These pigs arrived a week ago. We have had to scramble to keep them in green pasture with all this rain. They are adapting well. This is their first experience of being outside a barn. They finally figured out what that green stuff was for. That brown stuff is good for rooting in too!
The area on the left had pigs in 2019, but the area on the right did not. I guess pigs don’t like mustard roots and they do like ragwort, blackberry, multi flora rose among a few.
We are still using no-till, but we are eliminating grass walkways and replacing those with wood chips.
We were able to raise three pigs. They were put in pasture at three months and were harvested at nine months of age at over 300 pounds each. No success with chickens which were eliminated by raccoons before laying even one egg. The pigs were moved weekly or more often if it rained. They seemed to love rooting up everything. Growth behind the pigs was noticeably absent of poison ivy, brambles, and other weeds, leaving mostly grass to grow. They were given small amounts of non GMO swine feed morning and evening just thrown on the ground. We will definitely be raising more pigs next year.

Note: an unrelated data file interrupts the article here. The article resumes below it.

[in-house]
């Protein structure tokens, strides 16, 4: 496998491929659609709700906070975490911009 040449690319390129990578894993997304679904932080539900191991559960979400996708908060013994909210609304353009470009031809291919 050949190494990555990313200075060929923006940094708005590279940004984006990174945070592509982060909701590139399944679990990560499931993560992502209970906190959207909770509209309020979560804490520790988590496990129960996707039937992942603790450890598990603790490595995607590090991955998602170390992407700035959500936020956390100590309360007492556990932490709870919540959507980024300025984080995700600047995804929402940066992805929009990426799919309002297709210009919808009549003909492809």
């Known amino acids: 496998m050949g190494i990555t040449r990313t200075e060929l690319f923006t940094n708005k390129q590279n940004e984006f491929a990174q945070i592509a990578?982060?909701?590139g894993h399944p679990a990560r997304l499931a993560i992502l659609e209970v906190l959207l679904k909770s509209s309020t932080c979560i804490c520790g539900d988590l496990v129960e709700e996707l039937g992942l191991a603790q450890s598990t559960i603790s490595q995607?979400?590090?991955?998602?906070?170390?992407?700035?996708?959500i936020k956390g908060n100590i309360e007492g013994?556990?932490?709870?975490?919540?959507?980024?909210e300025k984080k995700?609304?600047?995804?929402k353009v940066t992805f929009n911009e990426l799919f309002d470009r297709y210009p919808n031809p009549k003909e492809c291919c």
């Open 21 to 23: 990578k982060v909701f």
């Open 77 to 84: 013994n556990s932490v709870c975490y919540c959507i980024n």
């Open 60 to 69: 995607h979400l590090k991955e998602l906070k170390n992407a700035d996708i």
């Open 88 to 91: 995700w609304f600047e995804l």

Everything is planted and we are waiting for ripening. Pick your own will happen on Tuesdays from 3 to 7...I will post as soon as the tomatoes and beans are ready for picking.
Come any tme between 10 am and 2pm for lunch, free picking, and a chance to see what we are doing. All donations go to the Highland County Humane Society. The season's over, and we offer what can be harvested just for the picking. We have red raspvberries, greenbeans, cherry tomatoes, small cabbages, brussel sprouts, celery leaves for seasoning, peppers, brussel sprouts, some strawberries, and maybe a watermelon or two. All are welcome!